Arts & Events
On an expressionistic set by Lisa Clark that seems poised to feature THE SNOW QUEEN, a talkative, dysfunctional family plays out what would be a whimsical, if tortuous, opera comique of words, words, words—the vernacular, ever in flux--with attendant ballet, if the occasion wasn't the drowning of a son, with the verbal upshot from grotesque strangers and fantasy figures spiraling around other lost boys ...
Erica Chong Shuch, better known as a choreographer, has staged Jenny Schwartz's play GOD'S EAR with a brilliant eye for tableaux and movement, ear ever alert to Schwartz's word play, sometimes a hilarious burlesque of the common coin of speech—especially when trying to make a pointless point, impress, or just keep the conversation unraveling—occasionally almost elegaic, mostly ditsy—sometimes cloyingly repetitive, like third-rate Gertrude Stein.
Her partners-in-crime—Beth Wilmurt as the overly-expository mother, Ryan O'Donnell as her wandering husband, Nika Ezell Pappas as their inquisitive daughter ... and the others who chirp, chime (and jump) in: Melinda Meeng as the Tooth Fairy, Keith Pinto as GI Joe (and a bearded, transvestite,pistol-packin' stewardess), plus Joseph Estlack as the sideburn'd, Hawaiian-shirted Guy in a bar, and his loose counterpart, Zehra Berkman as airhead saloon maven—are all at, or near, the top of their game, not to mention the light, sound, costume designers ... so the show—a triumph for Shotgun, somewhat reminiscent of the episodic form and ensemble brilliance of ARABIAN NIGHT at the Ashby stage, five years ago—would be worth seeing for the performance and production values alone.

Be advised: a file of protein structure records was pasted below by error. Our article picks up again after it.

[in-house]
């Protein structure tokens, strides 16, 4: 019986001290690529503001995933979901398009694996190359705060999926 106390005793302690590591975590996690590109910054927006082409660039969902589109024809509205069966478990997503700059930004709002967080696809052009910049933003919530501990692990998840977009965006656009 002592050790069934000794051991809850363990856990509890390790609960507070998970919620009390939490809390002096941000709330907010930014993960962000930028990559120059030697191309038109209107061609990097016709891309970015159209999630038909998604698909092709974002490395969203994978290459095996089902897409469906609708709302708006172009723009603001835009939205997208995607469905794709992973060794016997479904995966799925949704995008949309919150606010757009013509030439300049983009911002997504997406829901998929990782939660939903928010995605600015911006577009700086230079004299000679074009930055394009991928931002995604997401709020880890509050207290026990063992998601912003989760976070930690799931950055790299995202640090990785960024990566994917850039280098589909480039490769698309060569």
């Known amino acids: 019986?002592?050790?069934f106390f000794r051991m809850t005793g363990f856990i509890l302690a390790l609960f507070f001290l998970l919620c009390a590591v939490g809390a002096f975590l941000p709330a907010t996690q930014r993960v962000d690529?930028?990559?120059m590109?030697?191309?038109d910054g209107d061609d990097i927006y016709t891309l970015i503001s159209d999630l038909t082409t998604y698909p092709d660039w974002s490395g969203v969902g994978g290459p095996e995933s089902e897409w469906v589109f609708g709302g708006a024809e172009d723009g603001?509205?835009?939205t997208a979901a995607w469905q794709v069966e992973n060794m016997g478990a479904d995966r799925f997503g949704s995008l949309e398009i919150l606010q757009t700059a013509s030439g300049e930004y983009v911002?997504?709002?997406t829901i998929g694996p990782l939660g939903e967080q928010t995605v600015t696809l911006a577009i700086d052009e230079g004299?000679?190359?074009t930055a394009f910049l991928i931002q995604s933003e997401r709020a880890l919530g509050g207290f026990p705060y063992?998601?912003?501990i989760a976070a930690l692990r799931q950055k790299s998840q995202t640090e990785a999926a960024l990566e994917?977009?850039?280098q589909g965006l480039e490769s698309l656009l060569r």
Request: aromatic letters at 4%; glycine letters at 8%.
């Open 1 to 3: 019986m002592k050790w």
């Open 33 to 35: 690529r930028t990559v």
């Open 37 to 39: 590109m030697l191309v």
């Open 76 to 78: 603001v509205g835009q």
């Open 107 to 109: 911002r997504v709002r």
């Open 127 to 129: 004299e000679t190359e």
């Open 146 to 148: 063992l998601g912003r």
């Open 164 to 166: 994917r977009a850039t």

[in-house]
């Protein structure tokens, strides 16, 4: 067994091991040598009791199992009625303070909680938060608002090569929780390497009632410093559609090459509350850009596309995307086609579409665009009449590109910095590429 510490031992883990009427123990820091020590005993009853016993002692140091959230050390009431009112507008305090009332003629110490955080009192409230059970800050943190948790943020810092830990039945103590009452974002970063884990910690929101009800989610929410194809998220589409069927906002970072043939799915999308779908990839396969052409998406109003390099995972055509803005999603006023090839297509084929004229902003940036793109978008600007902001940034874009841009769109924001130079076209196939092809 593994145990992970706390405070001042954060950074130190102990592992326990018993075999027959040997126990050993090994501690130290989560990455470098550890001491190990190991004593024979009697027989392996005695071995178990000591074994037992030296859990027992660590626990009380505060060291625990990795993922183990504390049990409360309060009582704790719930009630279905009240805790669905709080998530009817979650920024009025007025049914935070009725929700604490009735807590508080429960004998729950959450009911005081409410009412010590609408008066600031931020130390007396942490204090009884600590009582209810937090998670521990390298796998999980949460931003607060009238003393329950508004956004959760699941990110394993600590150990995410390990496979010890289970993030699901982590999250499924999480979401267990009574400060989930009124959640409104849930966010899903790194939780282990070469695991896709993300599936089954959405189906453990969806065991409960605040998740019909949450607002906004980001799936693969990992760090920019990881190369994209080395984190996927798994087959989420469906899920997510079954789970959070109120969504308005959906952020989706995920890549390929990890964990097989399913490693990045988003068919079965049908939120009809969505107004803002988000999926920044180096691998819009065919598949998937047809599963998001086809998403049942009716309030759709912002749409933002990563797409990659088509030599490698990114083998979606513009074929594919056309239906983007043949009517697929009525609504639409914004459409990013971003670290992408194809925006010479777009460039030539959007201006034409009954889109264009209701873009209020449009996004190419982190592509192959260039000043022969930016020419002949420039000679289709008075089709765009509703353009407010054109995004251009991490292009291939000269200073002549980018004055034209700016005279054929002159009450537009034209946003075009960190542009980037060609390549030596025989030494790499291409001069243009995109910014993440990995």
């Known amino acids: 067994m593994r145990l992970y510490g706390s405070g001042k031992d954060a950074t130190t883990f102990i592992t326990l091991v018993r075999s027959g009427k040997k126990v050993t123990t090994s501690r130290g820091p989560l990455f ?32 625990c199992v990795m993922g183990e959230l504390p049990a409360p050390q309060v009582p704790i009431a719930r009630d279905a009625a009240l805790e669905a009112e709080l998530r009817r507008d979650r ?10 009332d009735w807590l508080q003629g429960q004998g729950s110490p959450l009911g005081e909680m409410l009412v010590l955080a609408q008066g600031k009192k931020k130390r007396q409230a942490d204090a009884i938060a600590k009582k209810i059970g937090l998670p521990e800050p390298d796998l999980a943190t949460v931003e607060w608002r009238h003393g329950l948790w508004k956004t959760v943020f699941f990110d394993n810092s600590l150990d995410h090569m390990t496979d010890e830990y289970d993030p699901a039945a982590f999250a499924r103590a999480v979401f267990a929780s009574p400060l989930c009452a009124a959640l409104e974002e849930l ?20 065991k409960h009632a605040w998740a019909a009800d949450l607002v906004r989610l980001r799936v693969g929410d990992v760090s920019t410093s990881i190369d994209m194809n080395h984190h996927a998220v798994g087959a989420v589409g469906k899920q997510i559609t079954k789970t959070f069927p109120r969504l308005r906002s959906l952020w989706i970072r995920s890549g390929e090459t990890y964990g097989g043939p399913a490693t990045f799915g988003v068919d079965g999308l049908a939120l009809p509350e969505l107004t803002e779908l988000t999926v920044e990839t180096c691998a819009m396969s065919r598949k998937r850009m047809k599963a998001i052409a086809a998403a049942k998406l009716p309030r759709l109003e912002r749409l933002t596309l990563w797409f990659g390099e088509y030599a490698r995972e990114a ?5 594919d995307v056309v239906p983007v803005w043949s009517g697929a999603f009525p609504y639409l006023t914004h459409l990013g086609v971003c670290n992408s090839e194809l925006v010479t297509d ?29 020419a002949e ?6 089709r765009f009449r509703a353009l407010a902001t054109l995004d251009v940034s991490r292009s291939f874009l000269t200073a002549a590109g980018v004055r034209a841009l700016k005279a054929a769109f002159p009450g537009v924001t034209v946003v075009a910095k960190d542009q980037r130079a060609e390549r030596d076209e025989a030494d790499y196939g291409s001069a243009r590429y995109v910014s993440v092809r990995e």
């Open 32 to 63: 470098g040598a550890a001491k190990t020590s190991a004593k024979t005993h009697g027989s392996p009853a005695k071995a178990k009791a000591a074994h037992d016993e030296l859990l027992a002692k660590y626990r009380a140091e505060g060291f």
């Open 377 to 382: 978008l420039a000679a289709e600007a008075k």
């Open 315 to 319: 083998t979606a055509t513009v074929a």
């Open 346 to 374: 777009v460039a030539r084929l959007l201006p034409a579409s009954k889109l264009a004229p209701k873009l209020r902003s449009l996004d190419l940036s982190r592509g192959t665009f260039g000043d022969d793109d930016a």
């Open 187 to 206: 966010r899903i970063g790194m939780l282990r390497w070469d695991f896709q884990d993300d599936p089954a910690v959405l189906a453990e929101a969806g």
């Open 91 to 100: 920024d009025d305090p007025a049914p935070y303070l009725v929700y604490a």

Schwartz's endless, often hilarious verbal conundrums best hit their mark, like wry tales of Zen archery, in bar-room and airline cabin, where talk's always plentiful and cheap. There, with the whoosh! of air conditioning and ice-making machines, it can be hilarious, hysterical, like slightly politer versions of vignettes by William Burroughs, scenes from Phil Kaufman's THE WANDERERS ... At other moments—long, repetitive moments—there’s just the sound of feedback, cycling over and over, of the game, not the voices of the poor souls playing it.
(And here it’s only right to single out Joseph Estlack, a founder of the gestural theater troupe mugwumpin, for his virtuosic performance as the Guy, working from offbeats and rapid turnovers of expression to piece together a totally ludicrous character, who boyishly opens up, suddenly, with a pirouette, before getting back in the grind again: brilliant!)
Patrick Dooley & crew knew what they were up to, when they hauled in this gamey fish and hoisted it up on the Ashby Stage.